[1] This is problematic since, not being a brother or uncle, he remains permissible in marriage.

[2] This refers to the wedding night when bride and groom move to the marital abode and experience their first moment of intimacy.

[3] The literal translation of mot’a is enjoyment or pleasure. A mot’a marriage is a temporary marriage conducted in order to legalise and render permissible the union between a man and a woman primarily to facilitate temporary sexual relations. Nowadays it is rare and is generally frowned upon.

The Dakhla Diaries (3): Wedding Invitation

Place: Dakhla Sports and Social club

Time: 10pm to 3am

Dress Code: What’ever

Setting and Behaviour: A rectangular green space with a small platform in the North-Eastern corner. Six, long cables dotted with small light bulbs (that go on and off in some sort of coordinated medley of colours) radiate from a central, wooden mother-pole to daughter-poles at the periphery of the green space. You will find several rows of wooden benches arranged in two piles; if you are a woman please occupy the left, otherwise bear right. Remember that early on in the night, many of the benches on the left side will already be occupied by large groups of women. Boys may clamour around the edge of the wedding space and wait for events to unfold. Men, of course, will be dressed in unassuming, unpretentious clothes, but women may make some effort: the obligatory veil of course, but with a tighter waist, a sized down dress, a slightly smaller skirt than the usual (you get the point: a subtle increase in bodily definition). Teenage boys are allowed, as long as they limit their participation to sustained visual ogling of the arriving females, hungry eyes optional.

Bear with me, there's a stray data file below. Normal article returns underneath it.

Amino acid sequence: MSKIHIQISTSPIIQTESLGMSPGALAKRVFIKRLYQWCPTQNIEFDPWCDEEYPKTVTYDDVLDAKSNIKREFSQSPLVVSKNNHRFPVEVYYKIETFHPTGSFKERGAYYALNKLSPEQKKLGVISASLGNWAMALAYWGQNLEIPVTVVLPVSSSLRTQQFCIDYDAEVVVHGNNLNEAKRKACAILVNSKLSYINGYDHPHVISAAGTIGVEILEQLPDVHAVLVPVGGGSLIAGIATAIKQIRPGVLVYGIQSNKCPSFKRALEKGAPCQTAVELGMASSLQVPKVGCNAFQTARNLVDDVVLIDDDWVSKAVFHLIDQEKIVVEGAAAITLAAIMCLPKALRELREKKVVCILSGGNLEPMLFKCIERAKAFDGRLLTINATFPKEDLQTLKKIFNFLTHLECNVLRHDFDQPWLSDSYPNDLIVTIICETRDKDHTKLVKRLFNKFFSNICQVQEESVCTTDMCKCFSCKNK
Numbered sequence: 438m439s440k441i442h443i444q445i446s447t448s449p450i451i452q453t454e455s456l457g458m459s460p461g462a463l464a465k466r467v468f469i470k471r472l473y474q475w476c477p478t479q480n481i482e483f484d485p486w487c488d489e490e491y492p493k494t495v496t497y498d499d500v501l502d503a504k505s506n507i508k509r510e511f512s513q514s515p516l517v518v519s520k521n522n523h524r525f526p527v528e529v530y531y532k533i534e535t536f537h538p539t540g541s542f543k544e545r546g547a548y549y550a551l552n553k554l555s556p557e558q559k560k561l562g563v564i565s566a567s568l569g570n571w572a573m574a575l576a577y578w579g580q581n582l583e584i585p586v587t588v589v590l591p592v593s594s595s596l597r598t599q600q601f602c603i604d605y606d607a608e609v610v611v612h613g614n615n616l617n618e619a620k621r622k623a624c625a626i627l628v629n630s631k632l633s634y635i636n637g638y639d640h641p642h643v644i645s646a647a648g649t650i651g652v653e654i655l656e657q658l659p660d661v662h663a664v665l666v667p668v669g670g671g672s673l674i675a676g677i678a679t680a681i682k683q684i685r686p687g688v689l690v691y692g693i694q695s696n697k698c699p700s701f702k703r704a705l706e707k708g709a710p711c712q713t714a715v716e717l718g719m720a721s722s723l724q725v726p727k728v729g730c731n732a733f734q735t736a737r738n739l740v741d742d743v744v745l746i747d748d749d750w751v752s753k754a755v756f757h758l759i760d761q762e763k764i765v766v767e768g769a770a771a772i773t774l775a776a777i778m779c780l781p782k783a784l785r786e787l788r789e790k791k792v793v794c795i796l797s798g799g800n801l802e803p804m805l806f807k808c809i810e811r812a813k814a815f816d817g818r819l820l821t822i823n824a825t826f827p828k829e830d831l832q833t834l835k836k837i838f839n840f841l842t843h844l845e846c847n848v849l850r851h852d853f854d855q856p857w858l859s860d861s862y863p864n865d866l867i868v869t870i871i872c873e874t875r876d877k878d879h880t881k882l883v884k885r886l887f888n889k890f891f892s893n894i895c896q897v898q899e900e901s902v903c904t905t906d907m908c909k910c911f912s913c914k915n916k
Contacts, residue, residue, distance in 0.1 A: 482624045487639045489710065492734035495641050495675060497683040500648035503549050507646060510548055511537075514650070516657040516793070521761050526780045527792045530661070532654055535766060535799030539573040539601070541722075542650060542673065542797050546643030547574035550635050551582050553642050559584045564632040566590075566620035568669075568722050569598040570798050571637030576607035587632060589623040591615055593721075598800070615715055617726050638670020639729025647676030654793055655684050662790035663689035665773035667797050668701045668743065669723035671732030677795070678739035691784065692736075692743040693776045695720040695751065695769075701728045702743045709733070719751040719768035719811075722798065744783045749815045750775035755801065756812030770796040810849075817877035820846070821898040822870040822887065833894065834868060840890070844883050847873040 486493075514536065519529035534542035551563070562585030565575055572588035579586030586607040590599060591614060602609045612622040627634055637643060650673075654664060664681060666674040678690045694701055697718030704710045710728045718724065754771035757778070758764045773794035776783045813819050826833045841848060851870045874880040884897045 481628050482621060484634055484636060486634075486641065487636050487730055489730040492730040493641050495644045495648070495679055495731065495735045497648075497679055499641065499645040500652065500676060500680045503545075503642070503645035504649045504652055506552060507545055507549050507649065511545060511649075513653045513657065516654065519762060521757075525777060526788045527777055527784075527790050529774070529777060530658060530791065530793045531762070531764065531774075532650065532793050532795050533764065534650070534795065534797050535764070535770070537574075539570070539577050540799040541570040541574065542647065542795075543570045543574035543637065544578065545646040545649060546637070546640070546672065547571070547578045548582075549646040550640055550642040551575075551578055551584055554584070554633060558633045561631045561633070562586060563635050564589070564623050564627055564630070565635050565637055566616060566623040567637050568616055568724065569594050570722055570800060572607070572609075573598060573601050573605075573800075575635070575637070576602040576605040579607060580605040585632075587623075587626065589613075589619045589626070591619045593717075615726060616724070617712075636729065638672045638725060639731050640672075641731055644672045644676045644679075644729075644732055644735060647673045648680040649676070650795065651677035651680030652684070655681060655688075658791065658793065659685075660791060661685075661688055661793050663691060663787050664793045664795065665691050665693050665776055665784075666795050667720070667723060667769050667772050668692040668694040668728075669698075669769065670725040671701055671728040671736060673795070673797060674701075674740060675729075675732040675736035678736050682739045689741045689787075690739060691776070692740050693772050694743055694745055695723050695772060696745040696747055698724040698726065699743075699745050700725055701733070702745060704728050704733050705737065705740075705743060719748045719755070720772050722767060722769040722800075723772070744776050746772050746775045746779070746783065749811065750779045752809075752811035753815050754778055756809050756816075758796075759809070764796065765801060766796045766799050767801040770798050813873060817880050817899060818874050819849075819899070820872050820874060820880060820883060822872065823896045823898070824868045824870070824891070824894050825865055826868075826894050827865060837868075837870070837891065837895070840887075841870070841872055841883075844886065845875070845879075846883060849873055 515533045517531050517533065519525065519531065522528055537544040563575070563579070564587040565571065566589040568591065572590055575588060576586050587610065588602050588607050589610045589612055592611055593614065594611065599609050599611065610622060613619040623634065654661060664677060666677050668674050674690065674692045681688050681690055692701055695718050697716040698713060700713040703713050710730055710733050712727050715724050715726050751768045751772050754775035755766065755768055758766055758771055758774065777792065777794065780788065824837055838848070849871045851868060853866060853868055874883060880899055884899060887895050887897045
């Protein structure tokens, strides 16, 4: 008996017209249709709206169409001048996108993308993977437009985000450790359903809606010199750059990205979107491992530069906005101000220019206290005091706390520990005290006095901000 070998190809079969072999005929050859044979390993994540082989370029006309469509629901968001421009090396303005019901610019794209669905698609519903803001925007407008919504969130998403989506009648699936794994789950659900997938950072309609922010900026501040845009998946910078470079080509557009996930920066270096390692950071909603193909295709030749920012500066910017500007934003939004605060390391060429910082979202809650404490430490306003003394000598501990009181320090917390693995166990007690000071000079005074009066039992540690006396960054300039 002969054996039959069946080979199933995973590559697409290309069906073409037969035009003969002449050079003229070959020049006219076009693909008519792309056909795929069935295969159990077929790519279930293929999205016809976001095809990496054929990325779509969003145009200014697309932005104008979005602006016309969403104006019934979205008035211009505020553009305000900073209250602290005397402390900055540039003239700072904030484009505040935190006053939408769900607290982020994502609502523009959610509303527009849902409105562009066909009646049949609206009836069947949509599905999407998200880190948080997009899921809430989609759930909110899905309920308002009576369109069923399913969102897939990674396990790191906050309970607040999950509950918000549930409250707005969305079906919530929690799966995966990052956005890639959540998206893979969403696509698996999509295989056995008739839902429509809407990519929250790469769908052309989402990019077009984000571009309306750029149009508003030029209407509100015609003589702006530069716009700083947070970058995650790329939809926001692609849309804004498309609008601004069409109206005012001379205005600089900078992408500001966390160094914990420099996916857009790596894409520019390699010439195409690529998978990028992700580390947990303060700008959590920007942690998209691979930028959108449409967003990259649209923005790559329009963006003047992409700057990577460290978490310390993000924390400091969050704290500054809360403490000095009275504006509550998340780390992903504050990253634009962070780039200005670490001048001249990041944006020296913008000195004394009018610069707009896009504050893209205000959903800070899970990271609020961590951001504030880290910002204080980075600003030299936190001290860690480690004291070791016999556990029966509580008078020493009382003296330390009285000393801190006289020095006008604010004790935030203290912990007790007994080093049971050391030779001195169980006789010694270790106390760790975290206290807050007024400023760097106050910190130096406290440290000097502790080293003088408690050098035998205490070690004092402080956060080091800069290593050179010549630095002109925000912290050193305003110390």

Entertainment: A band will arrive by 11pm. They will jam for what seems an indefinite amount of time, and there will be a perpetually lengthening singer-is-arriving-moment, for him to actually arrive when you no longer care he does. Massive speakers will dominate each corner and deliver extremely loud music. The band will consist of two tablas, a dof, re2, keyboard, and an unbelievably camp compere who will address you, dear attendees, and urge the women to deliver some zaghareet. We assure you that the band will be more sophisticated than any you’ve heard at other weddings, a fact that may pass unnoticed in the infinite reverberations of the sound system.

Preparation: Unless you are one of the seven V.I.P.s (small-town, insignificant – in the bigger picture – local politicians) who will be sitting at the back and served tea, no drinks or anything will be on offer. You are advised to bring your own cigarettes. If you think that Beer or Hashish will be going around then you are seriously lost: this is Dakhla not ‘Ard El-Lewa you idiot. Notwithstanding the absence of drugs, you will notice five teenagers hanging at the back of the wedding looking seriously wasted. Do not rejoice, this will not be the effect of Hashish; look around for empty pill-blisters. We advise either that you leave any sense of music appreciation at home or wear extremely effective ear-plugs: the band will play continuously for several hours and with such frenzy that – preparations bypassed – we guarantee absolute manic-excitement to infect everyone at the wedding.